In a mid-credits scene, Special K, Ozone, and Turbo meet James some time after the competition, who informs them about a new phenomenon known as “the electric boogaloo.”

According to the 2014 documentary Electric Boogaloo: The Wild, Untold Story of Cannon Films, Menahem Golan of Cannon Films was inspired to create this film after his daughter saw a breakdancer perform in Venice Beach, California. Golan pressured the production crew to complete the film before Orion Pictures released their breakdancing film Beat Street.

Erik Abbey was the choreographer for the breakdancing scenes.

The soundtrack of the film was released by Polydor Records in 1984.[10] The album contains the first performance on an album by rapper Ice-T (who had previously released some 12″ singles), produced by DJ Chris “The Glove” Taylor & David Storrs.

Despite not being included on the official soundtrack, the film also features the previously released songs “Boogie Down” by Al Jarreau, “Tour de France” by Kraftwerk, “Beat Box” by Art of Noise and “Tibetan Jam” by Chris “The Glove” Taylor.

Breakin’ opened in 1,069 venues on May 4, 1984 and outgrossed Sixteen Candles, which had more screens (1,240). The film ranked number one in the box office, earning $6,047,686. By the end of its run, the film grossed $38,682,707 in the domestic box office, making it the eighteenth top-grossing film of 1984.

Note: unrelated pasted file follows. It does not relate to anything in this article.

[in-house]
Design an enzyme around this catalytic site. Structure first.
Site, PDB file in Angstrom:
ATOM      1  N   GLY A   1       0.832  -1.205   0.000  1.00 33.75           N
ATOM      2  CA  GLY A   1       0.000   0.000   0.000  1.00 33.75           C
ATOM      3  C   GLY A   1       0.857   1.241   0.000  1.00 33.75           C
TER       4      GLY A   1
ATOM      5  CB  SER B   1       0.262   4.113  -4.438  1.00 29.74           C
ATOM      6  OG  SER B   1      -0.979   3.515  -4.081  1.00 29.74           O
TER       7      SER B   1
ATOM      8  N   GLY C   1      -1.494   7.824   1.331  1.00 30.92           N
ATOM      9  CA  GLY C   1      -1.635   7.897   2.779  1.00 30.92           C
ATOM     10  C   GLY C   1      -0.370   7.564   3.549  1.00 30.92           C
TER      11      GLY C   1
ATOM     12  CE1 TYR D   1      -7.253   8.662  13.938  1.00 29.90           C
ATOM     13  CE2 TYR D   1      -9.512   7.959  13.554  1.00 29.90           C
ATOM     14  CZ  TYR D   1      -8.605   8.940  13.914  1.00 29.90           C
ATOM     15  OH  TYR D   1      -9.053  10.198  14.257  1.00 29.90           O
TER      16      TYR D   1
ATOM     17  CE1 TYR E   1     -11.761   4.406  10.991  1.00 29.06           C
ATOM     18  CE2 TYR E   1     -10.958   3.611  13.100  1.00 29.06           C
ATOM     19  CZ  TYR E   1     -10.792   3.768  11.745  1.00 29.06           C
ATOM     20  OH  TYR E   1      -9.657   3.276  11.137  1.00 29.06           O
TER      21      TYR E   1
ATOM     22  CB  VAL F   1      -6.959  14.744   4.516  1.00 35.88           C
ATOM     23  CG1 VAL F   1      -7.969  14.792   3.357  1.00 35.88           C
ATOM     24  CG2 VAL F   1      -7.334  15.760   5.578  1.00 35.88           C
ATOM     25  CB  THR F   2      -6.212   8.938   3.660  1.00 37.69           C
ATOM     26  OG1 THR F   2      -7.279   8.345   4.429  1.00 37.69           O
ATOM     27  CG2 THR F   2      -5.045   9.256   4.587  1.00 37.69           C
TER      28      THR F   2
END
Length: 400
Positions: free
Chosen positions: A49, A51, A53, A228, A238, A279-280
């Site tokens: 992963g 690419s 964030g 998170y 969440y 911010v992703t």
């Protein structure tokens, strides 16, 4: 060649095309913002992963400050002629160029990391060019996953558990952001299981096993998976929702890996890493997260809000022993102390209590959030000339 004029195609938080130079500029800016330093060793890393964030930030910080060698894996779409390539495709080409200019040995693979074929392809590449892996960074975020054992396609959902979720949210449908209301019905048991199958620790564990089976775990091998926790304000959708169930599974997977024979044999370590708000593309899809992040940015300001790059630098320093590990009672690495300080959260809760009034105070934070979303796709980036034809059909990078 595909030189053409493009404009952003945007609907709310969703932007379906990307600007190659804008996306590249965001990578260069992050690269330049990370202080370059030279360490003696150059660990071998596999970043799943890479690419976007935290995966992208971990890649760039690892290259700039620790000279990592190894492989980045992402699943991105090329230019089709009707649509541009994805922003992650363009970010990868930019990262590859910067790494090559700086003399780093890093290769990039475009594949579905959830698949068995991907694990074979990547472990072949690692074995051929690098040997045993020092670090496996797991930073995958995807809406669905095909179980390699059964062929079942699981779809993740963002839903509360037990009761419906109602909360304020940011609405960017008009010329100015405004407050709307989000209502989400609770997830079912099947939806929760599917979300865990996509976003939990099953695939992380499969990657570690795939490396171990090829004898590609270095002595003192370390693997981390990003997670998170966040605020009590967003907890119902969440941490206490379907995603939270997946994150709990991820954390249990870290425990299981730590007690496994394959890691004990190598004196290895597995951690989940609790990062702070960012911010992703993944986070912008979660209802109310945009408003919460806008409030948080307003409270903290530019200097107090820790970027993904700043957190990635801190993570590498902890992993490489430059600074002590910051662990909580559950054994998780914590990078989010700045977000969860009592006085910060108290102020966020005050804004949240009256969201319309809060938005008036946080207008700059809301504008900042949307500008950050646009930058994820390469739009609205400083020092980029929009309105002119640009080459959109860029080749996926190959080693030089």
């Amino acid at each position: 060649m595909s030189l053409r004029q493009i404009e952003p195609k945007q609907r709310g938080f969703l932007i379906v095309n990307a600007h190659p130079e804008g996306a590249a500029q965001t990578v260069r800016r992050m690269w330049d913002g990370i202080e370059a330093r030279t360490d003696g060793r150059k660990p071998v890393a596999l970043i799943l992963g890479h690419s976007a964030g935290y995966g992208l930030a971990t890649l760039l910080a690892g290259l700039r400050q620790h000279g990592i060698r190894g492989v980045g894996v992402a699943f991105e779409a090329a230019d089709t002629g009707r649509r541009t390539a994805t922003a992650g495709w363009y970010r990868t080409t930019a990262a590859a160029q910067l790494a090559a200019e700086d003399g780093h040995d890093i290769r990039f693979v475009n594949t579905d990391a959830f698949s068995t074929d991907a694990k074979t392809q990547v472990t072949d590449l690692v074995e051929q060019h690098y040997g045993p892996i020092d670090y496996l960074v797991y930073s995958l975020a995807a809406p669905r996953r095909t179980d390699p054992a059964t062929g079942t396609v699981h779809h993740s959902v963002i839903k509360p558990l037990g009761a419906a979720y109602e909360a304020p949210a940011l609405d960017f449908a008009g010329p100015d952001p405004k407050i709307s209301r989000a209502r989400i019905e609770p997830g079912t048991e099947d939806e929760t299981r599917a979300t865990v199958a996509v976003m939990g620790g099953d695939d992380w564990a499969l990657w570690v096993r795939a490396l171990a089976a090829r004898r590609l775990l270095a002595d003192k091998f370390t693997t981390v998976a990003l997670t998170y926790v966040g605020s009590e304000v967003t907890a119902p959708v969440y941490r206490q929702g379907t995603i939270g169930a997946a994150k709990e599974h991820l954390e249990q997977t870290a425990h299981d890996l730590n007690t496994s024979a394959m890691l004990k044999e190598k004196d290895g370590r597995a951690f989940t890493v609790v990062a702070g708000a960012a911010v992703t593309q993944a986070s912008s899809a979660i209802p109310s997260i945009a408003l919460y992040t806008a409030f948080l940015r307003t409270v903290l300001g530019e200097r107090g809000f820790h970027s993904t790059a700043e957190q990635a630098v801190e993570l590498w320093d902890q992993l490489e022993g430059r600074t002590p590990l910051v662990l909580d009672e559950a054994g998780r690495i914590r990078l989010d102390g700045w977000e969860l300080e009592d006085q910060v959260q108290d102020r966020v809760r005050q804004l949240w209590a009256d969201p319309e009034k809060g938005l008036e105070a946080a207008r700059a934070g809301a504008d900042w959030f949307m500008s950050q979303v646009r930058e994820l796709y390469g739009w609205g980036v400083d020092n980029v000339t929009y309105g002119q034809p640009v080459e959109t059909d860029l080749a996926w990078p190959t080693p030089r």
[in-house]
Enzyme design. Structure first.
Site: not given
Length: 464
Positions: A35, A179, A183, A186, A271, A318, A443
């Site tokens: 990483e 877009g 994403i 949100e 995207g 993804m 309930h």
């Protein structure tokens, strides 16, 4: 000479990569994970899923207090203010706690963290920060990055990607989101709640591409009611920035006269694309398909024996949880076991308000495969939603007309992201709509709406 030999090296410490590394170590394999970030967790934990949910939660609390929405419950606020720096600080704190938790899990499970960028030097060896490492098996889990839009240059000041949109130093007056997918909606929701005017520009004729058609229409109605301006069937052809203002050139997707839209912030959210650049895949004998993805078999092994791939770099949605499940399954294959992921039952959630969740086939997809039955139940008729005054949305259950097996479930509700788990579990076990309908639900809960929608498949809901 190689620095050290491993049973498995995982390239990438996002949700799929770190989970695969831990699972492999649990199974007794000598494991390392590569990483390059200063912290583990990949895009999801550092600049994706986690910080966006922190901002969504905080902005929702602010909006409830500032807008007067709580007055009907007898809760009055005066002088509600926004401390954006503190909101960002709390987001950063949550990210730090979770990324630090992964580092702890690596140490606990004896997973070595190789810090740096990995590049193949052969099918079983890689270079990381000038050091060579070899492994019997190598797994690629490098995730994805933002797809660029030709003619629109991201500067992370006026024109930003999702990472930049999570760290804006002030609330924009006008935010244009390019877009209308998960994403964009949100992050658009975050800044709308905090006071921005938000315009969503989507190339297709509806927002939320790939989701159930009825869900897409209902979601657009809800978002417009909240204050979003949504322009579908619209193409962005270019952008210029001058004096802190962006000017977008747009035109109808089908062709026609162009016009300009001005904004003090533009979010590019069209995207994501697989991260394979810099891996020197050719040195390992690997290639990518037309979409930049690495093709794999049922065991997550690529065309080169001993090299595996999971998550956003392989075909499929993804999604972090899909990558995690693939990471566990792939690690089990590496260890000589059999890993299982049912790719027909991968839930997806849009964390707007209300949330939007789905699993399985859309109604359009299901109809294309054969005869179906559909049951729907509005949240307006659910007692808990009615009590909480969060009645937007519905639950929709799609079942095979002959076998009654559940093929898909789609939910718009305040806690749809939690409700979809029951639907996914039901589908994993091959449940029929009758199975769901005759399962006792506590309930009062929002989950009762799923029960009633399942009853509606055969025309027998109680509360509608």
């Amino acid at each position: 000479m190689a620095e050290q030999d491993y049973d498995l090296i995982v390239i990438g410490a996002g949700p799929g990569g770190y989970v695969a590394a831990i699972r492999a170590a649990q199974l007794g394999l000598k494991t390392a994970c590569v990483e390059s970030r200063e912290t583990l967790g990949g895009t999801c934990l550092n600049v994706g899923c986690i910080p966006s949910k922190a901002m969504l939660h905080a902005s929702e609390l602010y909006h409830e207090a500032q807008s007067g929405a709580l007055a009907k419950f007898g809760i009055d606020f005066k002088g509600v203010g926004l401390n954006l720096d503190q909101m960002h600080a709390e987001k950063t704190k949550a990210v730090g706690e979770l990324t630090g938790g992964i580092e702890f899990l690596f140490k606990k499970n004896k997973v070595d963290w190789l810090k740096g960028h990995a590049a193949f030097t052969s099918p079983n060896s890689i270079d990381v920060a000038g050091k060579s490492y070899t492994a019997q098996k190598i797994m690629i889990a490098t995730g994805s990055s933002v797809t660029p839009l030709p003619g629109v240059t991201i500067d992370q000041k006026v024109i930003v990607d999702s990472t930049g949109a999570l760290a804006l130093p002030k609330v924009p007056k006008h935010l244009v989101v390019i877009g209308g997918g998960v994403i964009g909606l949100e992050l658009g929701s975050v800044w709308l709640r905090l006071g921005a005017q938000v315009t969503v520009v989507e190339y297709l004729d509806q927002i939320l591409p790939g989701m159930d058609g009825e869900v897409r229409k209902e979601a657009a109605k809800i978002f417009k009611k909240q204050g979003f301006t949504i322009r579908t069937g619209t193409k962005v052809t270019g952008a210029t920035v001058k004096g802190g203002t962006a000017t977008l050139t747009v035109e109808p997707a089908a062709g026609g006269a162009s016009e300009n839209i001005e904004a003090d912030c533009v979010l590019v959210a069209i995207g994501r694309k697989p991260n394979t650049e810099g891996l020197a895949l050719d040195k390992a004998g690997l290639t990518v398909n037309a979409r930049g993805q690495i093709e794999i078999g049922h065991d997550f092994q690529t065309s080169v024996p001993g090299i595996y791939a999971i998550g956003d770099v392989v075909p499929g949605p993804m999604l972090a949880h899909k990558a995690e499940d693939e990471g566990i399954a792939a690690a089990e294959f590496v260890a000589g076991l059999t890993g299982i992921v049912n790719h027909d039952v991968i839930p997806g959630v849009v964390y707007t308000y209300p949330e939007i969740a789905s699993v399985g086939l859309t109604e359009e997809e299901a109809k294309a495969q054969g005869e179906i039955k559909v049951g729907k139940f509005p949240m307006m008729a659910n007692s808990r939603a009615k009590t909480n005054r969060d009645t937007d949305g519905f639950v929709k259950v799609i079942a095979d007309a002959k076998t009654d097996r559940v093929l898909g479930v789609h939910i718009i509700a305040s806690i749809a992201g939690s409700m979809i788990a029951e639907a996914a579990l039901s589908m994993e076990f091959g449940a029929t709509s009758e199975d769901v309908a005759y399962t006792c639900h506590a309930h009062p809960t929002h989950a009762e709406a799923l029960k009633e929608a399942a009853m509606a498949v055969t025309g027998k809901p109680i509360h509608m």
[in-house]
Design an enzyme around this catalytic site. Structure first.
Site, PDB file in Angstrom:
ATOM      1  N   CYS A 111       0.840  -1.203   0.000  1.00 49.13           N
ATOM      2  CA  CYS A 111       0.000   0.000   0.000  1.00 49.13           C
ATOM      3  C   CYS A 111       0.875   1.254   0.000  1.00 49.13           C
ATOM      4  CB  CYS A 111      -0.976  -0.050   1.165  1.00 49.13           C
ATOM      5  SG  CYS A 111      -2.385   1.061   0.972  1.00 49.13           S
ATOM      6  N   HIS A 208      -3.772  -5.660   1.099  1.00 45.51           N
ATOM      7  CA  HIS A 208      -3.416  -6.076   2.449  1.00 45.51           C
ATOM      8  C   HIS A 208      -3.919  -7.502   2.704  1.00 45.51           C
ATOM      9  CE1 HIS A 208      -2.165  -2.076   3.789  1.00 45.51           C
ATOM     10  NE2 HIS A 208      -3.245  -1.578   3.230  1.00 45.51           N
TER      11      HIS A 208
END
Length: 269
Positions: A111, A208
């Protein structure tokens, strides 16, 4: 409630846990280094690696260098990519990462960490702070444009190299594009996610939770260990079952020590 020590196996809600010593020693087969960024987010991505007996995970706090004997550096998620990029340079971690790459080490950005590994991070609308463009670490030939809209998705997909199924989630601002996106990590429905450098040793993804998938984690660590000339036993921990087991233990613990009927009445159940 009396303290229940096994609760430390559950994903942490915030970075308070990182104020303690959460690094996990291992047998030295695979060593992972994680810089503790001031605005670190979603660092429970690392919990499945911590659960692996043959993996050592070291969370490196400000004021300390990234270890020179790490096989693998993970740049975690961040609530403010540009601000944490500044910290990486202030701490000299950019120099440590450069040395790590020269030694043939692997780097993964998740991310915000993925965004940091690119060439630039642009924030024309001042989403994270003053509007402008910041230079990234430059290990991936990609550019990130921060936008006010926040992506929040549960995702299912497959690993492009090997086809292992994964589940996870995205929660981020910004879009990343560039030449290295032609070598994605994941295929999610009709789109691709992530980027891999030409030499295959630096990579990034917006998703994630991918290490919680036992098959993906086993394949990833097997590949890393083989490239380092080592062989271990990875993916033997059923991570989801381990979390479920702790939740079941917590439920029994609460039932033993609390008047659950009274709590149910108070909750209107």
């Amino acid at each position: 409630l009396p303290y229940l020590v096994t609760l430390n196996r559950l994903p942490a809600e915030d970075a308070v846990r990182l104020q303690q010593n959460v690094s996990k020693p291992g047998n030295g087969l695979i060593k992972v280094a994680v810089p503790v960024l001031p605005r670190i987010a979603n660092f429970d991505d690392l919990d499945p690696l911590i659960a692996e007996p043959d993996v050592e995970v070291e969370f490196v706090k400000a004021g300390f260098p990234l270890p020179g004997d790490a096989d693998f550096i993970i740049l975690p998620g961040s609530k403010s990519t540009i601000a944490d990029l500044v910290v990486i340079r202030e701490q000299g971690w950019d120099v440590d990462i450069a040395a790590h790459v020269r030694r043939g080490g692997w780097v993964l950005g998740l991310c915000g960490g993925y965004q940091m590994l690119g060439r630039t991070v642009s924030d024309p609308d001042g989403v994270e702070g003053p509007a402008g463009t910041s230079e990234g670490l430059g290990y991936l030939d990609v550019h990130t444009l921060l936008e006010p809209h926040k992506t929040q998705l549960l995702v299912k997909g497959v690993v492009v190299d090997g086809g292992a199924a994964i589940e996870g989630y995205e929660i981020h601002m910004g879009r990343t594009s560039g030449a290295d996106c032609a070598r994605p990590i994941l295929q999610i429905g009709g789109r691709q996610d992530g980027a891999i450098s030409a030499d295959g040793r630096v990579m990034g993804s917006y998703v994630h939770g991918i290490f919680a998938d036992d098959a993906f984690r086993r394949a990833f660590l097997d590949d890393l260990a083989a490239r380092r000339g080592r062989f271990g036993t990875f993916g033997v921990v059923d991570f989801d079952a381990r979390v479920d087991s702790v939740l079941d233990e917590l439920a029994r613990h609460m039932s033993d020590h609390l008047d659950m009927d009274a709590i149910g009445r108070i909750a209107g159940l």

Roger Ebert, who reviewed the film while it was in theatres, gave the film 1.5 stars out of 4, stating that the movie was, “a stiff and awkward story, interrupted by dance sequences of astonishing grace and power.” Ebert praised the dancing and the chemistry of the stars but slammed the movie’s screenplay and supporting characters.

Breakin’ currently holds a 33% rating on Rotten Tomatoes based on nine reviews.

On August 5, 2003, MGM Home Entertainment released Breakin’ on DVD. On April 21, 2015, Shout! Factory released Breakin, along with its sequel, Breakin’ 2: Electric Boogaloo, as a double feature Blu-ray.

Several months prior to the film’s release, Shabba Doo, Boogaloo Shrimp, Pop n’ Taco, Popin’ Pete, DJ Chris “The Glove” Taylor and Lollipop were all prominently featured in the music video for Chaka Khan’s remake of the 1979 Prince song, “I Feel for You”.

Ice-T, who had a small role in both Breakin’ and its sequel Breakin’ 2: Electric Boogaloo and was prominently featured on the soundtrack to both films (helping introduce his music to a worldwide audience), was quoted as saying he considers the film and his own performance in it to be “wack”.

Breakin’ and its sequel have had a resurgence in popular media as people have begun to remember, mock, and praise the film over 20 years later, with the sequel’s subtitle in particular becoming a snowclone pejorative nickname to denote an archetypical sequel.

In 2019, the documentary Boogaloo Shrimp by Taylor Golonka was released on Amazon Prime. It focuses on the creative talents of Michael Chambers, who played Turbo in Breakin’. According to filmmaker Taylor Golonka, “Michael Chambers will go down in history as being one of the iconic innovators of the b-boy and breakdancing culture.”

Breakin’ was referenced in the first episode of Mixed-ish, which aired on September 24, 2019.